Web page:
One of the more recent terms in education is “flipped classroom”. The idea behind the “flipped classroom” is that instruction should be given on the students’ own time via video, and the teacher or teaching aide can float around the classroom after students have watched video lessons and supervise the students’ assignment work, making himself/herself available for small group or individual remediation on concepts that students may be struggling with. The key to this model is the availability of technology that allows for storage and unlimited access to instructional videos for viewing or re-viewing at any time. One of the great benefits is that students can work at their own pace, and learning can be individualized somewhat.
I attended a conference in Kelowna in which this “flipped classroom” model was presented by some very energetic, and obviously competent teachers. As the two days wore on, a thought intruded on me. The basis for instructing this way is the exact same basis on which the use of worksheets was founded. Well-formed worksheets were instructional, providing a sequential, scaffolded pedagogy that students could follow at their own pace while the teacher circulated or worked with small groups. Ah yes! The much maligned worksheet.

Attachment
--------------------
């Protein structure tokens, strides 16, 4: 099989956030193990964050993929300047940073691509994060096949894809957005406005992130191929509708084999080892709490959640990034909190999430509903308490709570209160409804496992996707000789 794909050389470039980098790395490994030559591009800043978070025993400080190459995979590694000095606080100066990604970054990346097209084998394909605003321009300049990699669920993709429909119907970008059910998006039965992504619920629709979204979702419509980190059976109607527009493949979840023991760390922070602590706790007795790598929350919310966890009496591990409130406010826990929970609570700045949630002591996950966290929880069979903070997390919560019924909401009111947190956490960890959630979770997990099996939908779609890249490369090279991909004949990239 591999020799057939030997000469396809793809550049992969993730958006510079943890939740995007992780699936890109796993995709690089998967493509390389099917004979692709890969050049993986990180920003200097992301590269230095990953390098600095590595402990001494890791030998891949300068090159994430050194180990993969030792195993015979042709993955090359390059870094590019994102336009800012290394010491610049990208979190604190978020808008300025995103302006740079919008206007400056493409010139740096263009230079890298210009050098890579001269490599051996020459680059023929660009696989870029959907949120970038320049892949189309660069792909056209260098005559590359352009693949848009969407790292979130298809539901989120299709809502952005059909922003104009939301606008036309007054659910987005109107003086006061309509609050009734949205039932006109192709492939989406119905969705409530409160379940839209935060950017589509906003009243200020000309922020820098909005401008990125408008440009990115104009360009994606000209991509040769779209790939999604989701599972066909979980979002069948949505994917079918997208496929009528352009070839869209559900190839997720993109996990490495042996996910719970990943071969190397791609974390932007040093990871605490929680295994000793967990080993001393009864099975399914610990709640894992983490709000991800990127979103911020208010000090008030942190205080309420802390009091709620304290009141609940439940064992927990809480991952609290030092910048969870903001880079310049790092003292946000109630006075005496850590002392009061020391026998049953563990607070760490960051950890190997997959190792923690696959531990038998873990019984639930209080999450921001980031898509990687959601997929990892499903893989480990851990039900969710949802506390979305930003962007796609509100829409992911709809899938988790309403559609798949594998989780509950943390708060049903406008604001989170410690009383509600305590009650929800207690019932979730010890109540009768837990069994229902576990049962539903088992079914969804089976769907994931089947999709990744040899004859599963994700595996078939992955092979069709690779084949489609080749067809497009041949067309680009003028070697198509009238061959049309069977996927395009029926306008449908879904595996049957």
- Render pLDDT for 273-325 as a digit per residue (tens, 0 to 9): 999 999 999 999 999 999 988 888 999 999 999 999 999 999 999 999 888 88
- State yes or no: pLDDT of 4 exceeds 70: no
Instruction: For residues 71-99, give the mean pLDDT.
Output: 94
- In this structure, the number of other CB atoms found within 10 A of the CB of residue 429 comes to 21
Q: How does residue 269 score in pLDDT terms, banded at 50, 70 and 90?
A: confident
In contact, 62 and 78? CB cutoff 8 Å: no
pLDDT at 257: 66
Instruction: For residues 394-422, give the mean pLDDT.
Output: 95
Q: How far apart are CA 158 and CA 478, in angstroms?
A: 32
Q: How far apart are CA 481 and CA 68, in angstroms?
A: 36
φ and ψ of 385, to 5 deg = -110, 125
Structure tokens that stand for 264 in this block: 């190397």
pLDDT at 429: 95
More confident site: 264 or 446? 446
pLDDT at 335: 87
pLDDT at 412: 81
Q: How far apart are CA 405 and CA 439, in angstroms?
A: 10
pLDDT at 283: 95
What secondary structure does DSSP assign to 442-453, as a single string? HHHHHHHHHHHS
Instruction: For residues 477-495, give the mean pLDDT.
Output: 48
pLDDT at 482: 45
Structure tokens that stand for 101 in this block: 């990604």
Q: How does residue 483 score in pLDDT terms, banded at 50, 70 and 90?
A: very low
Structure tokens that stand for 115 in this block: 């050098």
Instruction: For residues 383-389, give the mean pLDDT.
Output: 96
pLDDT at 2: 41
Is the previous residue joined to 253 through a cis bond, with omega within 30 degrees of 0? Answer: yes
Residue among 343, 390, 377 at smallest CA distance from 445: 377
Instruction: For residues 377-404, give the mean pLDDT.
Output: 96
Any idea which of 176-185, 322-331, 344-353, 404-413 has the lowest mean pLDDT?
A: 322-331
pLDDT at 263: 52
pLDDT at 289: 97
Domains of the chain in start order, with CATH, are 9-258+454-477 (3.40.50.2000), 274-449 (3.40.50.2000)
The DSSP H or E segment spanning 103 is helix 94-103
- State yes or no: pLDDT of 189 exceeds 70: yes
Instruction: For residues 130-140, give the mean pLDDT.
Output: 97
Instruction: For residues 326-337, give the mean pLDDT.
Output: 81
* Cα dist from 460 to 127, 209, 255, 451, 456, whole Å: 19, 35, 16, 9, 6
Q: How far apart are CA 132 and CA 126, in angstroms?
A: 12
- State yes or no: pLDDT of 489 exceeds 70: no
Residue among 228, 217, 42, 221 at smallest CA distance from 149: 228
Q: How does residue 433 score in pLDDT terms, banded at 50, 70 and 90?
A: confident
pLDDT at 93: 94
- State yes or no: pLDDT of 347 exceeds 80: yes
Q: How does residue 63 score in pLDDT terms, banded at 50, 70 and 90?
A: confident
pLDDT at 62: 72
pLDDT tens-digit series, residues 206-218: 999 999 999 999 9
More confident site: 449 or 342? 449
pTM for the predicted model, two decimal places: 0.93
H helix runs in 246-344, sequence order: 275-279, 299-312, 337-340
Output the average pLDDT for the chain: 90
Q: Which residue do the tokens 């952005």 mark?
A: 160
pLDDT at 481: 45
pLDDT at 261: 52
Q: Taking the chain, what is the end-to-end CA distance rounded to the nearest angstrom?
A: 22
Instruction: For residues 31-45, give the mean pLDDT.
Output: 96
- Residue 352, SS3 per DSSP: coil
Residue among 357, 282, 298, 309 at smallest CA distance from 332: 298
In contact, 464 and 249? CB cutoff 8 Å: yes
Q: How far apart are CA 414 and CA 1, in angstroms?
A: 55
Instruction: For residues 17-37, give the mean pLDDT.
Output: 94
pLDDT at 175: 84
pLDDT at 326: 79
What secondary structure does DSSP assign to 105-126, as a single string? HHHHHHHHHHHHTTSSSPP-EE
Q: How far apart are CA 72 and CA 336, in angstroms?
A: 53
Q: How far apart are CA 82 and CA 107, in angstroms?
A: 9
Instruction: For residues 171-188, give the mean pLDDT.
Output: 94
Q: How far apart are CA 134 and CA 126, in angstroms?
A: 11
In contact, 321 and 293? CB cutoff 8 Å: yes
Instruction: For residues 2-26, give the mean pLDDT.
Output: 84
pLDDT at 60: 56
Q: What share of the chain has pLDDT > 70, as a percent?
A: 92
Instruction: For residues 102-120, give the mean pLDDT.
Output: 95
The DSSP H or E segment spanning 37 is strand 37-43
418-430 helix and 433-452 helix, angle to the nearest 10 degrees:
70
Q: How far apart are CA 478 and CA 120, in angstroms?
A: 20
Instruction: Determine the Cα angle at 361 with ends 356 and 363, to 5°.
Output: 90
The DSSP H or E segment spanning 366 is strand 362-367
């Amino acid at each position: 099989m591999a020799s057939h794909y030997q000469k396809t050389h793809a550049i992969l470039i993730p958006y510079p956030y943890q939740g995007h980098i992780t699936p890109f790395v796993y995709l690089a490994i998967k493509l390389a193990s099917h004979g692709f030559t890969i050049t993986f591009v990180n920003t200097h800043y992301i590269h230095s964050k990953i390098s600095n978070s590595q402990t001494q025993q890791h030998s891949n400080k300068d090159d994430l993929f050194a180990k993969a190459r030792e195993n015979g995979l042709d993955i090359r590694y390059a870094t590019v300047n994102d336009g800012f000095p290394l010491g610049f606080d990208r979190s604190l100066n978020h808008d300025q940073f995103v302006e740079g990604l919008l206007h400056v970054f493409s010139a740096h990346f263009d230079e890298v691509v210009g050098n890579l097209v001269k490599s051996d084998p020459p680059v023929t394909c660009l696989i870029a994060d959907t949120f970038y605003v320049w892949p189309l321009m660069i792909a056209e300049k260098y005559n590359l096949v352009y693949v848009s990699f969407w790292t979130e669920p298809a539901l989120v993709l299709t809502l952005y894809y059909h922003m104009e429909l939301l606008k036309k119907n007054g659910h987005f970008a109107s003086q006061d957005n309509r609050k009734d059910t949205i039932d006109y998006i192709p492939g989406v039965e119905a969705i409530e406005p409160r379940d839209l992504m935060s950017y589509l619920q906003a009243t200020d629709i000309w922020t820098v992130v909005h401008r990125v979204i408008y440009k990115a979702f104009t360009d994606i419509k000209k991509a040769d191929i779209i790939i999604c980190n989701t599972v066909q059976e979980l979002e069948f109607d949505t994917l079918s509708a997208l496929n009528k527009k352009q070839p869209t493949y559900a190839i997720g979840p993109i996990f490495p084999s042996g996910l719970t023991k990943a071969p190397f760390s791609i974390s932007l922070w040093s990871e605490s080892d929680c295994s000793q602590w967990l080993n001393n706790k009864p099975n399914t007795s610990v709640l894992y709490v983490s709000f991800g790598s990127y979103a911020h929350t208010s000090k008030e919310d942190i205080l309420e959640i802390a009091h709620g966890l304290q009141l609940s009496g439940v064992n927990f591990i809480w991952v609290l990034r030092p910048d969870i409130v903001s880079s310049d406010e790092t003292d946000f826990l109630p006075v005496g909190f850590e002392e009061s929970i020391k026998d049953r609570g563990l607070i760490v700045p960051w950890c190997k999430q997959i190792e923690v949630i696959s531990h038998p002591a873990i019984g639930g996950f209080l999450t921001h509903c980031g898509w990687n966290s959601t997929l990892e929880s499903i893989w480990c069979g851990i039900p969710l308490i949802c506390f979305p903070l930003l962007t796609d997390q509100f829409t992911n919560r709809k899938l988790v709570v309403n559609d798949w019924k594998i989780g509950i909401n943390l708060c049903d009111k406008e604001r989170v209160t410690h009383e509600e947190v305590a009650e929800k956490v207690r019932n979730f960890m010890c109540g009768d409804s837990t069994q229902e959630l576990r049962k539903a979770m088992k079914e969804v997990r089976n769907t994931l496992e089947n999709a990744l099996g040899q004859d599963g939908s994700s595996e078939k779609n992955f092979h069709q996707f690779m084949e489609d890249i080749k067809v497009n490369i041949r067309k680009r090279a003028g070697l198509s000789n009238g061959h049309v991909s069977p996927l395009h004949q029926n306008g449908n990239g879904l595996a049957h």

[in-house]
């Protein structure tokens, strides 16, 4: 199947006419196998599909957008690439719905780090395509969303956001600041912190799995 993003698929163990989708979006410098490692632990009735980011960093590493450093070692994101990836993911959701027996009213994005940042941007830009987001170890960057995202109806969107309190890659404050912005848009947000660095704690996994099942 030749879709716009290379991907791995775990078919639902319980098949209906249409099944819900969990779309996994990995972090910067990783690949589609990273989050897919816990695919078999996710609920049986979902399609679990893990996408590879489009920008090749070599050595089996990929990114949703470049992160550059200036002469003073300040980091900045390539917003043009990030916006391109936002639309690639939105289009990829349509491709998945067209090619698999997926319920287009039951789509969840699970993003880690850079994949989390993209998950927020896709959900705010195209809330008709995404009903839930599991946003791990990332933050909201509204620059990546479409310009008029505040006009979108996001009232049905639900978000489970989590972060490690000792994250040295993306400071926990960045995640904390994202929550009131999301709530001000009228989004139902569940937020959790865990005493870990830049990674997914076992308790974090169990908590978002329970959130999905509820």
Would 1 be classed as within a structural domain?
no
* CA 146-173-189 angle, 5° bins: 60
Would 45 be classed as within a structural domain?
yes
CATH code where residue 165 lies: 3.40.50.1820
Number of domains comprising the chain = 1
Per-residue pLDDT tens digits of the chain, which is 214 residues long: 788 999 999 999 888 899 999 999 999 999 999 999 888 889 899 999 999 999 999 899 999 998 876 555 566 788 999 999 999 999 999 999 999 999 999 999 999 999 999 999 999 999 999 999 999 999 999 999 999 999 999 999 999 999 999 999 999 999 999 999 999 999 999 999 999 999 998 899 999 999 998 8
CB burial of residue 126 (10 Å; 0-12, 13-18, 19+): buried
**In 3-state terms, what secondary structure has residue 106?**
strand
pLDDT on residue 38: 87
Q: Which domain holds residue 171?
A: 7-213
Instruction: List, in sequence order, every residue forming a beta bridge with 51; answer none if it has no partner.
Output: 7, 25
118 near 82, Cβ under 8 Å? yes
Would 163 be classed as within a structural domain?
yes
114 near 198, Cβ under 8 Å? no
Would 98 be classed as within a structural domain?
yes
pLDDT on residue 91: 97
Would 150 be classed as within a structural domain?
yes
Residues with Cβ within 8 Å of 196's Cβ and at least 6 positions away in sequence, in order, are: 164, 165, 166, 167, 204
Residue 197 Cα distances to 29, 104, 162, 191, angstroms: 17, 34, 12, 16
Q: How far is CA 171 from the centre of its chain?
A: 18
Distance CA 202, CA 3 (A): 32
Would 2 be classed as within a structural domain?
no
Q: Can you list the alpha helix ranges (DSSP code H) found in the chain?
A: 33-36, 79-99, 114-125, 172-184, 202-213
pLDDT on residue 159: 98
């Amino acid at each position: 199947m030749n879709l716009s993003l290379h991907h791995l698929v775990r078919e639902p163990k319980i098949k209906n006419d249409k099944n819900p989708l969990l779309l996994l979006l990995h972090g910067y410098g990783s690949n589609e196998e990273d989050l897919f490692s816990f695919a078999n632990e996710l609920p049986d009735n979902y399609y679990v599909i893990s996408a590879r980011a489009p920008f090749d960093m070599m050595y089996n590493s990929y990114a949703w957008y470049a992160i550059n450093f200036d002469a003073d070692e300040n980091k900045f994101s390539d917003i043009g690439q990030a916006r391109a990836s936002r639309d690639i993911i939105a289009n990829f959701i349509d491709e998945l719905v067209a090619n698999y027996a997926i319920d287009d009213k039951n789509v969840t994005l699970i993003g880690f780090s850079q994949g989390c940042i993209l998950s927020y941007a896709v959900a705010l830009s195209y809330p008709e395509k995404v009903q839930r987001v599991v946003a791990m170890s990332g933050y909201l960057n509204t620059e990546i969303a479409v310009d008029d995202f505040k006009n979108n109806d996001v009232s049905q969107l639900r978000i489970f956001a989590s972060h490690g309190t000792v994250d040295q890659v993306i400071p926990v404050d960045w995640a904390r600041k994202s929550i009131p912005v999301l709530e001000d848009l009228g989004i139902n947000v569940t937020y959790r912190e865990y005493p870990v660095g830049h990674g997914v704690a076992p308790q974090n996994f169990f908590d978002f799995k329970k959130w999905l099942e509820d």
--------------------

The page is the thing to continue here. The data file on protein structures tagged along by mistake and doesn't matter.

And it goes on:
In recent years, I have attended a plethora of workshops on how to engage adolescents. In almost all of them, the worksheet assignment is poo-pooed as an un-engaging, tiresome, irrelevant waste of time that smacks of lazy teaching. In fact, in one workshop, a teacher (whether mythological or real I don’t know) was ridiculed in absentia for using GeoLabs (workbooks published 20 or so years ago that systematically instruct students on geological concepts). And no doubt, for some students, worksheets are not engaging. However, having taught a class that leaned heavily on students’ use of laptop computers, I can say that just as many kids are un-engaged with laptop technology, unless they can be playing video games.
I dug out some old GeoLabs this year, and for the most part, they were a success. They really helped me to present the material in a sequential and visual way. And the kicker? The kids were very much engaged. They struggled and conquered and LEARNED! Would these grade 8 students have reported that they enjoyed working on GeoLabs? Probably not. But there was a palpable buzz in the room – that good buzz that every teacher recognizes and tries to achieve. I think that part of the appeal of the GeoLab is that it is finite. A lab presents a concept that can’t be ignored, and the student has a target for success that is easily recognized and easily reached.
The point of this story is not that the model presented in Kelowna is wrong. In fact, I was truly inspired by the resourcefulness, and the incredible dedication of the presenters at the conference. They’ll go far, and they deserve to. I’ve seen the “flipped classroom” model’s success first hand, as the auto mechanics teacher at my high school has been a quiet pioneer of the model for the last couple of years. Indeed, the model has much to recommend it. My point is that if a lesson is well structured, the medium in which the concept is presented is not terribly important. If we jump on bandwagons about which medium is best, we risk becoming gimmicky. We must always keep our conceptual goals in sight and reflect on the best means of teaching them. Furthermore, we are arrogant fools if we think that new always equals better.